The Next Big Thing (part two?)

Celebrating 10 years of Blipfoto, which by 2014 had become a worldwide community of daily photojournalists who had collectively documented six million days of human life.

From raising a million and speaking in Beverly Hills alongside Will.i.am, to liquidation and the Number 14 Leith bus; a cautionary tale from Scotland’s start-up scene.


If, in Internet years, we’re reaching Postmodernity then 2004 was very much the Middle Ages; Facebook was still the pastime of a nerdy Harvard student, Twitter and Instagram had yet to twinkle in their founders’ eyes, and online dating was something only the weirdest of weirdos did.

So when I registered blipfoto.com, built a simple website and started posting a new photo every day, it was a pretty unusual thing to do. Perhaps even a little weird. I had no real aspirations for it. On the contrary, it was just the latest in a long line of nerdy online projects I’d undertaken to provide a distraction from the stresses of running a busy digital agency (the previous being a foul-mouthed swearing version of the classic eighties game Simon).

There’s some irony then that 10 years and 3,652 photos later Blipfoto had become a full-time job for fourteen people and reshaped my whole identity. My fledgling idea had unexpectedly blossomed into a worldwide community of daily photojournalists, who’d collectively documented six million days of human life.

We were receiving a million visits a month, we’d won a Bafta Award, I’d met the Queen and picked up Steve Wozniak as a penpal. The British Library deemed our users’ content of such historical importance it began archiving everything for the benefit of future generations. We’d raised more than a million pounds in investment, and I was jet-setting around America speaking at conferences in Beverly Hills alongside Tony Blair and Will.i.am while negotiating a partnership deal with one of the world’s biggest photography brands.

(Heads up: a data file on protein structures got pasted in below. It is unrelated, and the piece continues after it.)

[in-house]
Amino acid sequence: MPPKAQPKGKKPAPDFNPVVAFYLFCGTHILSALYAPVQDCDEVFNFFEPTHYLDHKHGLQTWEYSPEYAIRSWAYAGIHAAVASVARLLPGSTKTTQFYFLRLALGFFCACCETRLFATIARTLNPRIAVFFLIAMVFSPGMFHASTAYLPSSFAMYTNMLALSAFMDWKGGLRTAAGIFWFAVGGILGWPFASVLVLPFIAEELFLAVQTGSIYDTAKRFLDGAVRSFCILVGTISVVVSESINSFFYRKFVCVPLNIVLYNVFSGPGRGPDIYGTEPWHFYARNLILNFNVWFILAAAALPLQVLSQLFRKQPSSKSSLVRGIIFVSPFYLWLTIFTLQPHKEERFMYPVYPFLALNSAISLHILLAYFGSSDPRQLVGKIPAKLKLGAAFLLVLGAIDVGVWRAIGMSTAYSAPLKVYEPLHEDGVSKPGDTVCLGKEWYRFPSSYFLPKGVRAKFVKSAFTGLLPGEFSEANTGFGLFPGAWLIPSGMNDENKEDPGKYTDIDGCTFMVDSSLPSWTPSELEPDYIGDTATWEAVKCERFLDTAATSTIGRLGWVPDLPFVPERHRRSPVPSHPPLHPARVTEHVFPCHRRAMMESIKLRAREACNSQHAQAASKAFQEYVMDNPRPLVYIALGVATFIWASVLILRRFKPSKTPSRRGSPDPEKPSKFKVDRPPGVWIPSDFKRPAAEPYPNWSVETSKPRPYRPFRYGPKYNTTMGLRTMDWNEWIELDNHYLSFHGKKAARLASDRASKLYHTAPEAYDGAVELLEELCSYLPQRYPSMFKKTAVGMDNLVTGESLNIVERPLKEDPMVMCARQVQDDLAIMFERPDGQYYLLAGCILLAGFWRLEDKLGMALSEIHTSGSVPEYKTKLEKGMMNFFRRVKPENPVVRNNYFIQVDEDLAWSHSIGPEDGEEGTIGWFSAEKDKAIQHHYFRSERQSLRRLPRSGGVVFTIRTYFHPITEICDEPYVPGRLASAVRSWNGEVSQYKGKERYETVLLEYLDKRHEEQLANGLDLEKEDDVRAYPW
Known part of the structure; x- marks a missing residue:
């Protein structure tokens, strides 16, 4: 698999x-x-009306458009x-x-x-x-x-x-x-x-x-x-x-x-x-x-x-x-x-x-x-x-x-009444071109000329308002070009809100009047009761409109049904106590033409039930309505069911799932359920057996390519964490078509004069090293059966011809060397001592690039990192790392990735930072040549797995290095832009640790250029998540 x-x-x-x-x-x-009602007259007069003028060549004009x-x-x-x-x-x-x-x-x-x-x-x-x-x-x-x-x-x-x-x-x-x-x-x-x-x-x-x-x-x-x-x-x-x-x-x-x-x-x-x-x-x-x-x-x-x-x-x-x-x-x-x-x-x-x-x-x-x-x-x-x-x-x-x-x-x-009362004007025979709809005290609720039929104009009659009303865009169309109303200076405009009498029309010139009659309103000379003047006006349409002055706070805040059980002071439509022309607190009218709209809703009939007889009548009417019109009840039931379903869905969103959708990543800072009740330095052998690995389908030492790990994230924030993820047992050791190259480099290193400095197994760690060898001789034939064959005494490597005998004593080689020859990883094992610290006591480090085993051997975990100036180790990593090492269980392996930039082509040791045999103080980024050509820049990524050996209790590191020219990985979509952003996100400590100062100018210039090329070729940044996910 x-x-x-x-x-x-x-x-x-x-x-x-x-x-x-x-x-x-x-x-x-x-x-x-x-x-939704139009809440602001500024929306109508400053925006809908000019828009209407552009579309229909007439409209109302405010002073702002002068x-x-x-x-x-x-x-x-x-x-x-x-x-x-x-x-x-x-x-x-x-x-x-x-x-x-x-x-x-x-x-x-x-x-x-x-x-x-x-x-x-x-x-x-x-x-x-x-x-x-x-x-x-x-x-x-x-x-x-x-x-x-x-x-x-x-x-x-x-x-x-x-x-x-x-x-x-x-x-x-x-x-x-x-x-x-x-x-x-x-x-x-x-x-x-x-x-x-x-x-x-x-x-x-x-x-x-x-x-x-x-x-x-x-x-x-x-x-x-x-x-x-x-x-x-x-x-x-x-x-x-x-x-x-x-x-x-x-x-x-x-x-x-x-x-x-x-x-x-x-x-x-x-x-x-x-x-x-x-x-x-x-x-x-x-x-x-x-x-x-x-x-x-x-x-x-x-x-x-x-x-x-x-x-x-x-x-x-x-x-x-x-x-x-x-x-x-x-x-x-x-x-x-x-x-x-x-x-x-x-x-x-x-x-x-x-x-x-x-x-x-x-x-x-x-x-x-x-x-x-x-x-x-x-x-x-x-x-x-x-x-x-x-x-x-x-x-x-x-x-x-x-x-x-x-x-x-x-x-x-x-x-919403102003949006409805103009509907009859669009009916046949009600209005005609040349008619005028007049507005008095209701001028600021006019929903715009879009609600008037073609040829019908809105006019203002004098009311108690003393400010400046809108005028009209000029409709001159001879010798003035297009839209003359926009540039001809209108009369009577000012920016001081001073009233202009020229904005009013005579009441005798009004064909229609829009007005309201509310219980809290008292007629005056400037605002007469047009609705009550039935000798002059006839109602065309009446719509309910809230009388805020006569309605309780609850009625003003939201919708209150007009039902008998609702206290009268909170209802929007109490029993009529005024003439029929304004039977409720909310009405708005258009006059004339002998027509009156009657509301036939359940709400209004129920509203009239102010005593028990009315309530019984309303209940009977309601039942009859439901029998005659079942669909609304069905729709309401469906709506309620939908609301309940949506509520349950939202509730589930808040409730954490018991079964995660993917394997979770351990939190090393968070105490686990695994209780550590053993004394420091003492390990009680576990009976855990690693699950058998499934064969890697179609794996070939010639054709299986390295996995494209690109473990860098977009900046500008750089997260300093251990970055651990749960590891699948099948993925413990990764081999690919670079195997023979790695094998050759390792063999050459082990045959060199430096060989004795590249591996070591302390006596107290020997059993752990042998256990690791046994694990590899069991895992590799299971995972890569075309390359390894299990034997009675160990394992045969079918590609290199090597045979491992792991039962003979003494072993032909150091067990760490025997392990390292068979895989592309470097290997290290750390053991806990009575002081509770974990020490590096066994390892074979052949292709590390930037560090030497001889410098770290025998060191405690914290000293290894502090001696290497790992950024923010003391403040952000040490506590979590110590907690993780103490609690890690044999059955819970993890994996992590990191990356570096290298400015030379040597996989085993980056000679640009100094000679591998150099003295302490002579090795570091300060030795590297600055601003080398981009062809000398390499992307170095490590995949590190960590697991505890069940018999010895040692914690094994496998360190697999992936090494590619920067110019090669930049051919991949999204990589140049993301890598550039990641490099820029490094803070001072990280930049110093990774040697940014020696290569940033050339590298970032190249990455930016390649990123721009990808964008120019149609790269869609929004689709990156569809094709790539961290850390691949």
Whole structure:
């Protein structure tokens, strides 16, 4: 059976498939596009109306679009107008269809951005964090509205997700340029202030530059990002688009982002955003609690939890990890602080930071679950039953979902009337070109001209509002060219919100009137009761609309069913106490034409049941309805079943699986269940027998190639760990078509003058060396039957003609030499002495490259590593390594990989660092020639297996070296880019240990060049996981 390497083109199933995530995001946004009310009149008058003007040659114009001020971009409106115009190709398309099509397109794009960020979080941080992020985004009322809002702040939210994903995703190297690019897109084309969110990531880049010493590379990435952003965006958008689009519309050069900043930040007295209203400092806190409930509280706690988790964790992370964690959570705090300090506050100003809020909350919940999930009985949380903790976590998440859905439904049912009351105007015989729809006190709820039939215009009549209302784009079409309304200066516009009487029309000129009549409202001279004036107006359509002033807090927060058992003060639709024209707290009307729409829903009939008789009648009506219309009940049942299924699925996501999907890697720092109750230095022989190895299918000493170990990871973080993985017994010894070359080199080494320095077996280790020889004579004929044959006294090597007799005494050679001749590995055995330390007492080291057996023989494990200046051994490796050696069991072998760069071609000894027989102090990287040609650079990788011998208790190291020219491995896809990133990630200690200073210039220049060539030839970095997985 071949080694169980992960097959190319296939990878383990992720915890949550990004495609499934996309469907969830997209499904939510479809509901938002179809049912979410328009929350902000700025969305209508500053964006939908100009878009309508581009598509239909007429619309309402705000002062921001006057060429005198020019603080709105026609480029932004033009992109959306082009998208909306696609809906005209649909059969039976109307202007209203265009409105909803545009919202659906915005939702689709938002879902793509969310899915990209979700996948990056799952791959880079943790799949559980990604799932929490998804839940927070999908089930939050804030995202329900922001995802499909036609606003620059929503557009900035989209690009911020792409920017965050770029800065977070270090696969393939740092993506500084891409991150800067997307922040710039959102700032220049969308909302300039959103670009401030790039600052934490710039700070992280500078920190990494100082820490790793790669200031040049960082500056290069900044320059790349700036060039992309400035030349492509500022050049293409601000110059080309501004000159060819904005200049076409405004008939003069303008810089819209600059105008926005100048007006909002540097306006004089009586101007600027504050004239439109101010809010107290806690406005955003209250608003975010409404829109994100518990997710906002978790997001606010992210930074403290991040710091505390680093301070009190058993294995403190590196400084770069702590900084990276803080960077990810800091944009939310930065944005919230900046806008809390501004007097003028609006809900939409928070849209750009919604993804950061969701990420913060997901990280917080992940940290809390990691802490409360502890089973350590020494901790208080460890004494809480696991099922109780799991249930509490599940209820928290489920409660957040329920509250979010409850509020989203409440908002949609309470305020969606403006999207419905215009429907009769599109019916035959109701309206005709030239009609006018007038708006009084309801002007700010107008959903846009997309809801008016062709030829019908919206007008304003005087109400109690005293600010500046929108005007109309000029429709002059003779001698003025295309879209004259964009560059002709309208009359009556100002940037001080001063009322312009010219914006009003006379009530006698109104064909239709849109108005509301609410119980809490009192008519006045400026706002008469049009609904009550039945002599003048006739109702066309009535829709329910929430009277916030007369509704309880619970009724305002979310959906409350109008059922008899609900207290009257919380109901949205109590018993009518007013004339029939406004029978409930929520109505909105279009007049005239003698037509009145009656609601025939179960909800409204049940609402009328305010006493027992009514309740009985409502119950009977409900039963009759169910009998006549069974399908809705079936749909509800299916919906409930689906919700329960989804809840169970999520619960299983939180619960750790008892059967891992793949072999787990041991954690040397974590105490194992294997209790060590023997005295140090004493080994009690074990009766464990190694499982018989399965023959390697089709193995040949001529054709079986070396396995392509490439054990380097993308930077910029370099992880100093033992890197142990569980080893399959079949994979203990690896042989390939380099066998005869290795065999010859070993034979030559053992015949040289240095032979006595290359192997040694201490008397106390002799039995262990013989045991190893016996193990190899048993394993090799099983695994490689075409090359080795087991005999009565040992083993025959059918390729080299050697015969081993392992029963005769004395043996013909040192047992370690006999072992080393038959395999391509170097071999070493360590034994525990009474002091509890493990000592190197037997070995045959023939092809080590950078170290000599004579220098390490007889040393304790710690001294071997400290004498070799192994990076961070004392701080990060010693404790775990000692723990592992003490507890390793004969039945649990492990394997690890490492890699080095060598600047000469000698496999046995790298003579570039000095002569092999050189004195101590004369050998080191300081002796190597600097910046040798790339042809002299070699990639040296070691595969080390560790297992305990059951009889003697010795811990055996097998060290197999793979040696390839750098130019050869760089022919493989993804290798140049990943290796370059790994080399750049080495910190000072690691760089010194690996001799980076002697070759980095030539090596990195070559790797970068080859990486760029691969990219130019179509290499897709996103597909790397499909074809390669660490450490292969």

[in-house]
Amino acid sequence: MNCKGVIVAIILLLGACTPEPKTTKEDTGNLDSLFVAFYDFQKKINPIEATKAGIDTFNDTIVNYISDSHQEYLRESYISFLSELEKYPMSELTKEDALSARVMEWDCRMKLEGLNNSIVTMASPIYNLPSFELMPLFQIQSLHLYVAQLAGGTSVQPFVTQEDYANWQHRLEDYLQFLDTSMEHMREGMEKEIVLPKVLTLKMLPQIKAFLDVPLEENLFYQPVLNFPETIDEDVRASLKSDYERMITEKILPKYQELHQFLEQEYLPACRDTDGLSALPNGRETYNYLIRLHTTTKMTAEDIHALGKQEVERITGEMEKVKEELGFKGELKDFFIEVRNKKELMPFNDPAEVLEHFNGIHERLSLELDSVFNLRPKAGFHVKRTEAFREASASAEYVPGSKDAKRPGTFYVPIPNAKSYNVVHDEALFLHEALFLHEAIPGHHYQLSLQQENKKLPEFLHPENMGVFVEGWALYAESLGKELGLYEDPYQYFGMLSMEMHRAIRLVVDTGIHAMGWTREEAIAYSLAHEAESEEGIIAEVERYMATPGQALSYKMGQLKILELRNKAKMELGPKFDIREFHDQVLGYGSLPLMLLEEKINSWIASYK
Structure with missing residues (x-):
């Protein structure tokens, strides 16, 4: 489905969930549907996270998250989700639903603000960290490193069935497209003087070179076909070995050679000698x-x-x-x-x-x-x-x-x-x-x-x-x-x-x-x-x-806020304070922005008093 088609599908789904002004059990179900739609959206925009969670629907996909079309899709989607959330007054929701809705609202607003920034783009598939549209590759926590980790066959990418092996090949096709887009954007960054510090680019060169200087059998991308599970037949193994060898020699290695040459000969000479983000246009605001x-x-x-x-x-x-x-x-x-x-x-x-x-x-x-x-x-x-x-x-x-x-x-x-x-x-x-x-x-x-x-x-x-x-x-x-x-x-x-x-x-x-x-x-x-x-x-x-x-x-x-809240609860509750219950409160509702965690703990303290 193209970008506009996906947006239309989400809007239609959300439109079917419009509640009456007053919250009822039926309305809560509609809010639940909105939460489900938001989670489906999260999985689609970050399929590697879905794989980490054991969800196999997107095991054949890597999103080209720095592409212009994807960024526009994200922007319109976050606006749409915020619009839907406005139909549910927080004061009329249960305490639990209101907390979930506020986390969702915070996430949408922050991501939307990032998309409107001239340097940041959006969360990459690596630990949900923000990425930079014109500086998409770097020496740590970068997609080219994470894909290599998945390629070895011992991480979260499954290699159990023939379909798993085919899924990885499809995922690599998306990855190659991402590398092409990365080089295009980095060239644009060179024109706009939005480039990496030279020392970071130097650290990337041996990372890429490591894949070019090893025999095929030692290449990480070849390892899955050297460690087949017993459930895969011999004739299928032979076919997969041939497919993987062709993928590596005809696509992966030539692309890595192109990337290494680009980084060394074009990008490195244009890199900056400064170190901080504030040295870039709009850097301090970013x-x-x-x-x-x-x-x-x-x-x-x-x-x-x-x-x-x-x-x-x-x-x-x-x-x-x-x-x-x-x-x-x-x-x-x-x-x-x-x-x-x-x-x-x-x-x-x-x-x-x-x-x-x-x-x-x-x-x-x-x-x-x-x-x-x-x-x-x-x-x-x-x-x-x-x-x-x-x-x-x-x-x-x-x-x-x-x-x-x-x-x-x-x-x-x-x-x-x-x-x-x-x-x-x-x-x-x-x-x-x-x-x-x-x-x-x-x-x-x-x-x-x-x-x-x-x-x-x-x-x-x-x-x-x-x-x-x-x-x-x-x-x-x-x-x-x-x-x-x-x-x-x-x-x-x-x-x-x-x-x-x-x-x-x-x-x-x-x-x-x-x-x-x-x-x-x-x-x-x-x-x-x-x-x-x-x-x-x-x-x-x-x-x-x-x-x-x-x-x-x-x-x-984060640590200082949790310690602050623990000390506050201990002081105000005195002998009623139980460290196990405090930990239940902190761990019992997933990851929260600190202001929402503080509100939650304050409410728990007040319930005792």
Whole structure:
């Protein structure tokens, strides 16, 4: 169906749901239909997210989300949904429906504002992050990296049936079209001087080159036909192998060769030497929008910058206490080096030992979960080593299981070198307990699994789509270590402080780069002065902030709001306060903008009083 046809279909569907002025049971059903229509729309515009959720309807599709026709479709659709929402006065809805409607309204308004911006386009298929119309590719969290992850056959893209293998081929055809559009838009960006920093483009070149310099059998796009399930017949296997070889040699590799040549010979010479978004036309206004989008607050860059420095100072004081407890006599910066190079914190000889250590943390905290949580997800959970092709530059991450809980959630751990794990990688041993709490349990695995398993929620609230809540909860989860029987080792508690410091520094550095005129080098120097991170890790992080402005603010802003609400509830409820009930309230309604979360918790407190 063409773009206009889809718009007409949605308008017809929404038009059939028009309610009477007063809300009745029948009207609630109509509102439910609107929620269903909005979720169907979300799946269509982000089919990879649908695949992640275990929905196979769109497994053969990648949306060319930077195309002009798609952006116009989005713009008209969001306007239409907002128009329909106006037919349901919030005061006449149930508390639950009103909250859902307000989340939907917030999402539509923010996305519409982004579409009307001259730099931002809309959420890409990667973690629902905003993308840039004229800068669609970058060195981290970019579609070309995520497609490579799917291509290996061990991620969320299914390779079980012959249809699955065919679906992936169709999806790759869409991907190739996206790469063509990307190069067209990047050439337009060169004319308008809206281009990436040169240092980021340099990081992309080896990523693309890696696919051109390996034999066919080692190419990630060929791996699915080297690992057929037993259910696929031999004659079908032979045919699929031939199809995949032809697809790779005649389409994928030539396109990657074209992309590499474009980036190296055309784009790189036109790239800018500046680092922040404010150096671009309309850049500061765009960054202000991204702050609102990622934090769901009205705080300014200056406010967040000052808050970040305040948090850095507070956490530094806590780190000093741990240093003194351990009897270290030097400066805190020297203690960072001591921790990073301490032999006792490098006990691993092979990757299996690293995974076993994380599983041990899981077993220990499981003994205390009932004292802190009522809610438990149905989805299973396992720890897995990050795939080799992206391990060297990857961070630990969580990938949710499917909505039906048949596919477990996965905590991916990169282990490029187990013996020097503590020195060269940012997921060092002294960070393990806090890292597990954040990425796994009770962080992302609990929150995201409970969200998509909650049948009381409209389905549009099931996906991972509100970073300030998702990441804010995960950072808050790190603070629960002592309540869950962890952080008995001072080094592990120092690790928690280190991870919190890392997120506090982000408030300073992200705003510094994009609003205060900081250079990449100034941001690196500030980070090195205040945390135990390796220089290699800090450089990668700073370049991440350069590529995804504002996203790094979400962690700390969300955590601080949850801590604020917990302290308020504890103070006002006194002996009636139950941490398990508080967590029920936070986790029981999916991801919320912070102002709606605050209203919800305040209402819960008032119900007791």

Over the following days and weeks, I discovered the striking parallels between a startup failing, and a close relative dying.

Four short months later, when a crucial round of investment failed to materialise, we ran out of cash and the board took the decision to appoint a liquidator. I suddenly found myself jobless, heading home to Leith on the number 14 bus wondering what the hell just happened.

Over the following days and weeks, I discovered the striking parallels between a startup failing and a close relative dying. You find yourself dealing with somber suited men who’ve made unusual career choices, and friends offering condolences and concern for your mental wellbeing. Official documents have to be produced and the contents of neglected cupboards sorted out. It was a hard pill to swallow but came with a very welcome side order of relief.

Self-portrait: Joe Tree.

What unfolded with Blipfoto over the next nine months is a tale for another time, but its users eventually crowdfunded just enough cash to set up a Community Interest Company and take ownership of the product. They now run the service purely for the benefit of its community—something I think is still unique in social media and, at least for me, a fitting final chapter.

I’ve been asked many times what I wish I’d done differently. I’ve never been big on regrets so that’s a tough question to answer—but there are certainly four lessons I’ll always carry with me: